Twitter sues Elon Musk
Twitter on Tuesday made good on its threat to sue Elon Musk for trying to back out of his $44 billion takeover.
What to know: The case will be heard in Delaware Chancery Court, a venue that specializes in corporate disputes and which previously has heard cases in which acquirers seek to renege on signed agreements.
Some key allegations from the complaint:
- "Rather than bear the cost of the market downturn, as the merger agreement requires, Musk wants to shift it to Twitter’s stockholders."
- "Since signing the merger agreement, Musk has repeatedly disparaged Twitter and the deal, creating business risk for Twitter and downward pressure on its share price."
- "Musk apparently believes that he — unlike every other party subject to Delaware contract law — is free to change his mind, trash the company, disrupt its operations, destroy stockholder value, and walk away."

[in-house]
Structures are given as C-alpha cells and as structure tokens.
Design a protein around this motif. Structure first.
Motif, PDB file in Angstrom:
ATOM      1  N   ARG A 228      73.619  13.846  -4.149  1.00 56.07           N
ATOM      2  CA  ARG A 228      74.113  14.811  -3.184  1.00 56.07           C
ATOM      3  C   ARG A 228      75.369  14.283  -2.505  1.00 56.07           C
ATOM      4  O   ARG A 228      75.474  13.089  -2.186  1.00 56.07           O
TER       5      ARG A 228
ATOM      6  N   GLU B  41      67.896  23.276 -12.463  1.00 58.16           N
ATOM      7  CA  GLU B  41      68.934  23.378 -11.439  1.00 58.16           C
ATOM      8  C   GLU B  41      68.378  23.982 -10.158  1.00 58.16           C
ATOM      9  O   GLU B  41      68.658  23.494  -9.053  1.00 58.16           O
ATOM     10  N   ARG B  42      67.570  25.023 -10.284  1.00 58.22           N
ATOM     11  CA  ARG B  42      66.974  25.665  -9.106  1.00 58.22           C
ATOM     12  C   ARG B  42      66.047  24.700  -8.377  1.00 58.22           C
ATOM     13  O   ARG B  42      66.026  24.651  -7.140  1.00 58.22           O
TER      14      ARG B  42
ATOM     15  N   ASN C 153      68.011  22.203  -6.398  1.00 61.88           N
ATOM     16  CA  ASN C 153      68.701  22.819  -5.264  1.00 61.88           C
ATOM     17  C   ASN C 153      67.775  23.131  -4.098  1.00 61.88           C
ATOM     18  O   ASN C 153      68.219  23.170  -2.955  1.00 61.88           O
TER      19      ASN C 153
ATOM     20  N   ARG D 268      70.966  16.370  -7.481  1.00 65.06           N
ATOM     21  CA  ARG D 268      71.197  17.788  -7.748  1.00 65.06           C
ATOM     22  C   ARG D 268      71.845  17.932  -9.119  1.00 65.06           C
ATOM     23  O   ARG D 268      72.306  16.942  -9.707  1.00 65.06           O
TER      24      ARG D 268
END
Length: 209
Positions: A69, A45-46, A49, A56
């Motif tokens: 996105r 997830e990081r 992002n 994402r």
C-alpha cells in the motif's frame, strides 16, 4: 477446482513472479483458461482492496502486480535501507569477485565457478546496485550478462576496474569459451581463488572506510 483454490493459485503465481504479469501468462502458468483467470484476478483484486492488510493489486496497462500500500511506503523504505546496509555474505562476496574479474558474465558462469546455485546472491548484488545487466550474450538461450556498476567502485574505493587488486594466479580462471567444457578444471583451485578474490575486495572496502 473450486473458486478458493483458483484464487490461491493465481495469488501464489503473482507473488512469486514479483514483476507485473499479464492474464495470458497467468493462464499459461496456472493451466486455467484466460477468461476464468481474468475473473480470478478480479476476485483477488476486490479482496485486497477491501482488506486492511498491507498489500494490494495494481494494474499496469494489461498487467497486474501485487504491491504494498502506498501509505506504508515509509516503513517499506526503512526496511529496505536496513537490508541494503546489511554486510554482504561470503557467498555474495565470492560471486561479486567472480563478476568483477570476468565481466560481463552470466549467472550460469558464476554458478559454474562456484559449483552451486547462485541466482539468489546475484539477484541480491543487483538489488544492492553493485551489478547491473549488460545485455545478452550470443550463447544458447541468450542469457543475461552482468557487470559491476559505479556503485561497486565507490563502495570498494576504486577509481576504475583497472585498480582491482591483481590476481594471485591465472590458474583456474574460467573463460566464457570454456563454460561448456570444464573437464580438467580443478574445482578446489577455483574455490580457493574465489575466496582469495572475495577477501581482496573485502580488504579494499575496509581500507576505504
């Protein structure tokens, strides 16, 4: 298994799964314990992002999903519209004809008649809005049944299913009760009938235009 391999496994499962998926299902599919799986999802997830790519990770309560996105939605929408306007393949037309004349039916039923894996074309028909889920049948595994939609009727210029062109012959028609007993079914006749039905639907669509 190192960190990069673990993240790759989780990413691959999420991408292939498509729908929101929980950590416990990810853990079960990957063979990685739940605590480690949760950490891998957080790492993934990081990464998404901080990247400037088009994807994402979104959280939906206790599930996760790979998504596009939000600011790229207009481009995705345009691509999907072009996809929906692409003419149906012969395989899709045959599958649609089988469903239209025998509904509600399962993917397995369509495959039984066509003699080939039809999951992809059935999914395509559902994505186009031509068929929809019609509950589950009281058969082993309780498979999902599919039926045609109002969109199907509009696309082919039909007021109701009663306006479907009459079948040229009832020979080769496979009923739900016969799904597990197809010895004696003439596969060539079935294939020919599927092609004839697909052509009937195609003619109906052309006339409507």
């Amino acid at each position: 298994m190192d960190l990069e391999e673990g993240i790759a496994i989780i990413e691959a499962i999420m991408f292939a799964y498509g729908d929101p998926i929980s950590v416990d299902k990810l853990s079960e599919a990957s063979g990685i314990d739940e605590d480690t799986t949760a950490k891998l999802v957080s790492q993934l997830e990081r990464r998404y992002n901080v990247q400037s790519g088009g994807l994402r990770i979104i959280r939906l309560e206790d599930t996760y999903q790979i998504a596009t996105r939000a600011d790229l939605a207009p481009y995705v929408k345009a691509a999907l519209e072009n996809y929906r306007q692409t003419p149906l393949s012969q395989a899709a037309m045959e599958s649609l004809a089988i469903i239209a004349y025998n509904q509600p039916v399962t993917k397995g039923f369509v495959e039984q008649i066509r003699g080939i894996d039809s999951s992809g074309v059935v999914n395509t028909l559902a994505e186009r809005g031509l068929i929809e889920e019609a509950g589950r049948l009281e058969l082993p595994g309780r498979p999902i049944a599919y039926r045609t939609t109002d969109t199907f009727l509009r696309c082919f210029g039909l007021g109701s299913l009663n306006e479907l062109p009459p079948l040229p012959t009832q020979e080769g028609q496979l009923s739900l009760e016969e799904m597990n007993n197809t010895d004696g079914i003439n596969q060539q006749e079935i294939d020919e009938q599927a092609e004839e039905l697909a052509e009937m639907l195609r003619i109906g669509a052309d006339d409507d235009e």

- "Twitter also negotiated for itself a right to hire and fire employees at all levels, including executives, without having to seek Musk’s consent."
What happens next: Twitter is asking the court for an expedited trial in September, so that the two parties don't bump into the drop-dead closing date of Oct. 24.
- Expect Musk to file a legal response to Twitter in the meantime, and possibly to counter-sue.
Outcome: There are several ways this could play out:
- Chancery Court finds for Twitter, and forces Musk to complete his purchase at the existing terms and conditions.
- Chancery Court finds for Musk and lets him walk.
- The two sides reach an out-of-court settlement that may or may not result in Musk owning Twitter (i.e., Musk pays a large breakup fee or Twitter agrees to sell for a lower price than $54.20 per share).
Go deeper: A timeline of the Musk-Twitter deal so far